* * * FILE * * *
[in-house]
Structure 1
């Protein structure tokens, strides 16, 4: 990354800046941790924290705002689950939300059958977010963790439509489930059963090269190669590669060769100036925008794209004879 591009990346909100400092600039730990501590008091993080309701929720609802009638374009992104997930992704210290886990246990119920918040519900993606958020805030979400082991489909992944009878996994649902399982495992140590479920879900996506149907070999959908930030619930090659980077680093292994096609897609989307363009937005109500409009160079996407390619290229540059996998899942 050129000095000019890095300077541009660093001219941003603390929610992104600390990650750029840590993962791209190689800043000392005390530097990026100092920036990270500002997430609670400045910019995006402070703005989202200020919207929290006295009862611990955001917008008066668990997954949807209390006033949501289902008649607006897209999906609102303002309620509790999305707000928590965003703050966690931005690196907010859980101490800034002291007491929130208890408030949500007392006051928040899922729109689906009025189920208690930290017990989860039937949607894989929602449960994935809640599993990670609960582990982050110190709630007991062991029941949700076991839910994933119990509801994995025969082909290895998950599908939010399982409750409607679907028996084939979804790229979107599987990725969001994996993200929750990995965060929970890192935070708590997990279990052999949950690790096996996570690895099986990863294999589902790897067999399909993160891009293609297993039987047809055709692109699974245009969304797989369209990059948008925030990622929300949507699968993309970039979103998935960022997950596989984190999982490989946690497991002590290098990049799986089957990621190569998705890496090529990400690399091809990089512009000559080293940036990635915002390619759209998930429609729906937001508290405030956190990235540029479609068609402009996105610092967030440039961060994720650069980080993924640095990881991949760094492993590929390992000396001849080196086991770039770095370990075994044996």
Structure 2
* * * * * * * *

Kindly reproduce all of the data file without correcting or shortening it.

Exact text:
[in-house]
Structure 1
């Protein structure tokens, strides 16, 4: 990354800046941790924290705002689950939300059958977010963790439509489930059963090269190669590669060769100036925008794209004879 591009990346909100400092600039730990501590008091993080309701929720609802009638374009992104997930992704210290886990246990119920918040519900993606958020805030979400082991489909992944009878996994649902399982495992140590479920879900996506149907070999959908930030619930090659980077680093292994096609897609989307363009937005109500409009160079996407390619290229540059996998899942 050129000095000019890095300077541009660093001219941003603390929610992104600390990650750029840590993962791209190689800043000392005390530097990026100092920036990270500002997430609670400045910019995006402070703005989202200020919207929290006295009862611990955001917008008066668990997954949807209390006033949501289902008649607006897209999906609102303002309620509790999305707000928590965003703050966690931005690196907010859980101490800034002291007491929130208890408030949500007392006051928040899922729109689906009025189920208690930290017990989860039937949607894989929602449960994935809640599993990670609960582990982050110190709630007991062991029941949700076991839910994933119990509801994995025969082909290895998950599908939010399982409750409607679907028996084939979804790229979107599987990725969001994996993200929750990995965060929970890192935070708590997990279990052999949950690790096996996570690895099986990863294999589902790897067999399909993160891009293609297993039987047809055709692109699974245009969304797989369209990059948008925030990622929300949507699968993309970039979103998935960022997950596989984190999982490989946690497991002590290098990049799986089957990621190569998705890496090529990400690399091809990089512009000559080293940036990635915002390619759209998930429609729906937001508290405030956190990235540029479609068609402009996105610092967030440039961060994720650069980080993924640095990881991949760094492993590929390992000396001849080196086991770039770095370990075994044996």
Structure 2